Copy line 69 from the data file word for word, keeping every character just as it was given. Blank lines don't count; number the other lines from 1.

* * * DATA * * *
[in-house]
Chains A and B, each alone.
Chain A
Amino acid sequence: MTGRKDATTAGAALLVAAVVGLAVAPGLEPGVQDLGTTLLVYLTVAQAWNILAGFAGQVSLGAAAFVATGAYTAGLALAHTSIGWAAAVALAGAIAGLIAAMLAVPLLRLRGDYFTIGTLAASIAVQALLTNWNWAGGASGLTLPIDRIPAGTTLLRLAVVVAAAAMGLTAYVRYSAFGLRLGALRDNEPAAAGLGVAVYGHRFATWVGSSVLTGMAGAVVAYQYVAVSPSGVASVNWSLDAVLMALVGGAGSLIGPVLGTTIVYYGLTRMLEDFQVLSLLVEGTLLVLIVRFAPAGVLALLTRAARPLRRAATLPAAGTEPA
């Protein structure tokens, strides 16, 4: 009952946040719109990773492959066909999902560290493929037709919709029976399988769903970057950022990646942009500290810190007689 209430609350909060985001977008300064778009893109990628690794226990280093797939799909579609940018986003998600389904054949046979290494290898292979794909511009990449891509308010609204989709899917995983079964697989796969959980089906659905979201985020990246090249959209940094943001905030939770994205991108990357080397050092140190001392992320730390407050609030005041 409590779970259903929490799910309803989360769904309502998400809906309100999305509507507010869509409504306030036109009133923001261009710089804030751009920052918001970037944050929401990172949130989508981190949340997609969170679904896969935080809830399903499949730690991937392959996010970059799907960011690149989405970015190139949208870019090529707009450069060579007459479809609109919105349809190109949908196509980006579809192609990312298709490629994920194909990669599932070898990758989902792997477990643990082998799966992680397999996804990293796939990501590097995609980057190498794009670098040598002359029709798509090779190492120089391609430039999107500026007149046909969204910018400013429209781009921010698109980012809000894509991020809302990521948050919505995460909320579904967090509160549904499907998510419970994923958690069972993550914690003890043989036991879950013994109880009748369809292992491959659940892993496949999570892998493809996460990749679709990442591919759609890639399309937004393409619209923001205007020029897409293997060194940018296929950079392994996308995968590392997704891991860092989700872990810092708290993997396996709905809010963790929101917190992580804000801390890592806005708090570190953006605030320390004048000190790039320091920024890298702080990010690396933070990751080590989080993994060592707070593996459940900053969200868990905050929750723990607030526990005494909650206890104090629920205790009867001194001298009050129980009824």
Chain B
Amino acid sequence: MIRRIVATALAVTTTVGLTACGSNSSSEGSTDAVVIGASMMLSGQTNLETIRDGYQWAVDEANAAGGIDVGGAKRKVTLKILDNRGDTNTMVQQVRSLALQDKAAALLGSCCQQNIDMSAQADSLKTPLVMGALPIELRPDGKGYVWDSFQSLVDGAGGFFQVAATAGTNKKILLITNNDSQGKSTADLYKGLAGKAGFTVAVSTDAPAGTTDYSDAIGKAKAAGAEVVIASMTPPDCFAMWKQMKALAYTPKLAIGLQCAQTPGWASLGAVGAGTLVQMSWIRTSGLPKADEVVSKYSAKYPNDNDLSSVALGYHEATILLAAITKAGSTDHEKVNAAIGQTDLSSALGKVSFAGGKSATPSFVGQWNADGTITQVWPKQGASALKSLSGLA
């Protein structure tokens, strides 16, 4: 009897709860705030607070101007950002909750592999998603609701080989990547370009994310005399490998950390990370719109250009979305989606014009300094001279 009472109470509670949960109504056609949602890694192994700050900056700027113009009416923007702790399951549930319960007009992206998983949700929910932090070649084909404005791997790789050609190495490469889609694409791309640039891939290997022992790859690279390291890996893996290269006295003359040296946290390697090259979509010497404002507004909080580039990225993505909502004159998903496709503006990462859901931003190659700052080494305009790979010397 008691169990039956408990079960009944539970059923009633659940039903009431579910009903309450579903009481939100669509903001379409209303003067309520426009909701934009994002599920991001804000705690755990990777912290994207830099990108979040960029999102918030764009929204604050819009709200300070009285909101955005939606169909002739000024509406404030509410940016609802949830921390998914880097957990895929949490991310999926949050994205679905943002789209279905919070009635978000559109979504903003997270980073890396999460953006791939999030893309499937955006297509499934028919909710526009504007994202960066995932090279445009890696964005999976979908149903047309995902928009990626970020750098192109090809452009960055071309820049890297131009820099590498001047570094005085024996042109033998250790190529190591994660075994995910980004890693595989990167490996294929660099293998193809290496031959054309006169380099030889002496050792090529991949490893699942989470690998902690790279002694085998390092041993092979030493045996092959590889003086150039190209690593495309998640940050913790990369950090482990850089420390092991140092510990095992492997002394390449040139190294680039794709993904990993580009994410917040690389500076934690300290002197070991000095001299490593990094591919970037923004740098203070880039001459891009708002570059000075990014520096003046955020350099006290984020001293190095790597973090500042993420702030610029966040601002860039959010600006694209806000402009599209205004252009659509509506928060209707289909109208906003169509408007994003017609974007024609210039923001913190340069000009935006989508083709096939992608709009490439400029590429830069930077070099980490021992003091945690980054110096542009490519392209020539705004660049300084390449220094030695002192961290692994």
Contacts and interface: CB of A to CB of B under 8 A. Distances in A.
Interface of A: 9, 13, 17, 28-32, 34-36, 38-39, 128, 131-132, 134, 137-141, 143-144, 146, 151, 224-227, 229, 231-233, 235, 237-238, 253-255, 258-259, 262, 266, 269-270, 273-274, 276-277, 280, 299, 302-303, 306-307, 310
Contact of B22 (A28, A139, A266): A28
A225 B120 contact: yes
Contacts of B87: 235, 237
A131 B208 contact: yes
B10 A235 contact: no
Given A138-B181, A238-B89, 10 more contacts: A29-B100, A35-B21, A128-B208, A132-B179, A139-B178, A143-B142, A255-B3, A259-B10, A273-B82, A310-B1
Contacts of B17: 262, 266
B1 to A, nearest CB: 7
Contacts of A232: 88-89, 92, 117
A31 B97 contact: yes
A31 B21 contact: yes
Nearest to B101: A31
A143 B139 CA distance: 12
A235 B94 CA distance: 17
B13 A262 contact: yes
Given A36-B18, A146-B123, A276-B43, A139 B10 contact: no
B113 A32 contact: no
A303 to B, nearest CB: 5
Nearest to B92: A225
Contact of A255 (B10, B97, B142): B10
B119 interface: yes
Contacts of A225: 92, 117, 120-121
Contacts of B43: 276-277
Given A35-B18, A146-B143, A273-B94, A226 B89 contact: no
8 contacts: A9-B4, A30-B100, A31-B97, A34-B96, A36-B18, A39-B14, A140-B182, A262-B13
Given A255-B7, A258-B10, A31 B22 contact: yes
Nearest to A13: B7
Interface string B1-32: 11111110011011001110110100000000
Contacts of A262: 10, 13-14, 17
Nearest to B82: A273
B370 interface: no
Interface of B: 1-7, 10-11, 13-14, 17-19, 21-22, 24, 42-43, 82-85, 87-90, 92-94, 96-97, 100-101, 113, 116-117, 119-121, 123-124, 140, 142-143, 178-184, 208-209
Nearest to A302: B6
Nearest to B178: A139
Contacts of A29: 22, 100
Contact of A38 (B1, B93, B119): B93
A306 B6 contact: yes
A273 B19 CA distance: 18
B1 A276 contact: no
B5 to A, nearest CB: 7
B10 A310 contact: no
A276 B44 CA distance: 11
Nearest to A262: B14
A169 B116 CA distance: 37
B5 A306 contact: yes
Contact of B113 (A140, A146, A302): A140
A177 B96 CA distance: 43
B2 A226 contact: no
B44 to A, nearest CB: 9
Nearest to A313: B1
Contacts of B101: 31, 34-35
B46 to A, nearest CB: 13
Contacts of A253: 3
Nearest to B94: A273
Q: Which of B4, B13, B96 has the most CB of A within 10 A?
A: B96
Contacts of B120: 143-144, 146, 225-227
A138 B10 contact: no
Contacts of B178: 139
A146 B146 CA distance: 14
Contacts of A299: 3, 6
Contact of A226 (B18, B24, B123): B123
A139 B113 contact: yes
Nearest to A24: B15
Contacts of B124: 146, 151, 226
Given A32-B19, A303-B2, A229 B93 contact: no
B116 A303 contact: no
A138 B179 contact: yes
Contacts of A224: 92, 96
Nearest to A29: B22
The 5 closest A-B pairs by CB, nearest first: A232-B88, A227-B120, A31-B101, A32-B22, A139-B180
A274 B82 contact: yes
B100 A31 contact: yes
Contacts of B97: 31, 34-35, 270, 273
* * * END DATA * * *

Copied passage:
Contacts of B178: 139